I don’t know if you’re like me, but most of my relationships and friendships revolve around the church and the ministry I lead in particular. It’s only been in recent years that I have begun to build friendships outside of the immediate church community of which I am a part.

That isn’t to say that relationships from within the church are bad, problematic, or wrong, but they do present various challenges. If those are the only relationships that you have it will lead to feeling the tension of always functioning as a ministry leader or pastor. It will be hard to disengage from “doing” ministry even when hanging out with friends. It will often feel like you cannot turn off. And it may even feel like the relationships lack depth because you can’t share everything as some information is only for staff or people removed from the overall conversation.

My recommendation would be that you do one of three things:

  1. Build relationships outside of the immediate church community where you can be fully open and authentic.
  2. Build relationships within the church, but for the closer ones be willing to have relationships where you don’t have to be church staff and your friends will honor that.
  3. Put together a hybrid model of options one and two where you can have authentic and transparent relationships.

Meaningful friendships can develop within the church you work at but I would encourage you to truly make sure it can be fully authentic. I have a few really close friends at my church and each of them have let me know I can be 100 percent real and honest with them. In fact, a couple of them have students in our program and they have said if they need me to be a pastor, they will ask me to put on the “pastor cap.” That is so freeing because I know don’t need to be “on” or looking to be a certain way and can just be myself with my buddies. So if you have meaningful friendships within the church, make sure you have the freedom and ability to fully be you without the pressure of being a staff member of the church.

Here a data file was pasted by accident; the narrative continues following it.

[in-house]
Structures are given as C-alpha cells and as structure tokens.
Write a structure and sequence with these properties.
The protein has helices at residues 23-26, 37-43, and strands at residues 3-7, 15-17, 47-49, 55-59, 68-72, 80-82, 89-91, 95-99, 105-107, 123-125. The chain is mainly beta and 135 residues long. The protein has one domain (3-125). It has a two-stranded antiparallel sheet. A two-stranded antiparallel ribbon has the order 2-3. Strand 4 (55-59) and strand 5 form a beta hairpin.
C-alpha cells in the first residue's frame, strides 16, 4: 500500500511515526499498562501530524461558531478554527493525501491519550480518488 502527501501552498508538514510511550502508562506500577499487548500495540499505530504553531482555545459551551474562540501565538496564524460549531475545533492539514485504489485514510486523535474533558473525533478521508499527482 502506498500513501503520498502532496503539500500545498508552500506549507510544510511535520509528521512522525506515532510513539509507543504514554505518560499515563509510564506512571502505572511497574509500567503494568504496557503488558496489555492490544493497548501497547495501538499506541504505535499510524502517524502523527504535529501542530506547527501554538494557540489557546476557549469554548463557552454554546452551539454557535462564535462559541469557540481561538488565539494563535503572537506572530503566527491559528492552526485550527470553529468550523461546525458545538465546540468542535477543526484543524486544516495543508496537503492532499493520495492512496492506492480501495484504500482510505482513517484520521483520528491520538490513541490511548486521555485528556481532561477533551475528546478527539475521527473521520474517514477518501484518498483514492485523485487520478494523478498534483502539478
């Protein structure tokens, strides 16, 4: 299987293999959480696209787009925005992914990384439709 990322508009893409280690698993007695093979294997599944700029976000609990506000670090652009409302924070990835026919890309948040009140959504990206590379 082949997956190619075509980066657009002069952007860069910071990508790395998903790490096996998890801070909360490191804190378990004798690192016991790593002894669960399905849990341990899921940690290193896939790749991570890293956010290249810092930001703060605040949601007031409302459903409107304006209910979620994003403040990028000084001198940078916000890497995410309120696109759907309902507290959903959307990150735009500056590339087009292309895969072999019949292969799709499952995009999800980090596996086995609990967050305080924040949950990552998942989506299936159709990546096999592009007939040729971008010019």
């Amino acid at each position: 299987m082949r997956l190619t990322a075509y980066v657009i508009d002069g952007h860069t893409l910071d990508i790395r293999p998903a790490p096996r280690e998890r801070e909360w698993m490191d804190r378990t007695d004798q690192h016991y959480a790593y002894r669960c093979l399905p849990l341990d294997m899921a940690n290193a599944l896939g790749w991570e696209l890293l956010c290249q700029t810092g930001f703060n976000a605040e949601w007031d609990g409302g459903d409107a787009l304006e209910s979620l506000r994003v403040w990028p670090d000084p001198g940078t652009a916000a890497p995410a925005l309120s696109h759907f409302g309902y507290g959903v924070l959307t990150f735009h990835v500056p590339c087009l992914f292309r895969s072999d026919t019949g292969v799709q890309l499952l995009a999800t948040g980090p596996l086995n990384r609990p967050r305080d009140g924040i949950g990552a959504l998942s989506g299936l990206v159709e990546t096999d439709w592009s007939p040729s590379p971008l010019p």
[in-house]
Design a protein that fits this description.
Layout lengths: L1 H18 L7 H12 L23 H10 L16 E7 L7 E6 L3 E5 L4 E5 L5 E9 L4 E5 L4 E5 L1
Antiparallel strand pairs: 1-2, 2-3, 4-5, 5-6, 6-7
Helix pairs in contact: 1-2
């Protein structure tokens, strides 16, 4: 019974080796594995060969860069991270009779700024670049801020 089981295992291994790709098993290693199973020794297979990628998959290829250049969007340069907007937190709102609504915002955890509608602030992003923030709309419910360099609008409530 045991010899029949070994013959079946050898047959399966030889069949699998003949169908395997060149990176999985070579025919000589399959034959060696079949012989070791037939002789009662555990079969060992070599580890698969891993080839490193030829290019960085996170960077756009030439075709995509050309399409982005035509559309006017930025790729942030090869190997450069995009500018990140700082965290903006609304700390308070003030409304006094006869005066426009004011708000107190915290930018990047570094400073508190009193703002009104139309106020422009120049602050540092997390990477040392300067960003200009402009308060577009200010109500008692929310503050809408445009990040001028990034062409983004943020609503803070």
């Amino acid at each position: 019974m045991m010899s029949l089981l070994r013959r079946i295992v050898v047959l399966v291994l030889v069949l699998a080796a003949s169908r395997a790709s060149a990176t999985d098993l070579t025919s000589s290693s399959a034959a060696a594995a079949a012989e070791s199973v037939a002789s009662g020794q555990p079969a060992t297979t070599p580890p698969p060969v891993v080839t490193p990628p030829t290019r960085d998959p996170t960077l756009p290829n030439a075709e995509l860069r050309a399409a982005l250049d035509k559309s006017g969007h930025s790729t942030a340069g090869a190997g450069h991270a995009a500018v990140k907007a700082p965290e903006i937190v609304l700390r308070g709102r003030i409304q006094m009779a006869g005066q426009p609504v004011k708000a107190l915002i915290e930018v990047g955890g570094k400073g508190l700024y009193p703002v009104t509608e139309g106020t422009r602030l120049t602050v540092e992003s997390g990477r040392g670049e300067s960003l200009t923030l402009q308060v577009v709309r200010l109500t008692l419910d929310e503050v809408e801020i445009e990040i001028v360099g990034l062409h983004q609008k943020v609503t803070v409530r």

Building friendships outside of the church isn’t the easiest but they can be very fulfilling. Consider becoming a part of a church softball or ultimate Frisbee league. Go to a small group outside of your church. Get involved in a coaching program or a cohort. Connect with other youth pastors in your community. Pursue friendships from college or seminary. In these places you will find people who understand and can relate, but also have no context for what you have going on at work so you are free to authentically share. Let me strongly encourage you to put value and effort into these relationships as they will be very meaningful and impactful.

Having a meaningful friendship allows you to have the community that you are designed for. It creates a safe place for you to share how you are feeling, what is happening at work, and highs and lows without fear of judgement or having to be guarded in what you share. It allows you to feel valued, needed, and loved. And most importantly it fills your tank and helps you to recharge so you can continue to serve.

What encourages you most in your authentic relationships? What is challenging about finding and maintaining those relationships?

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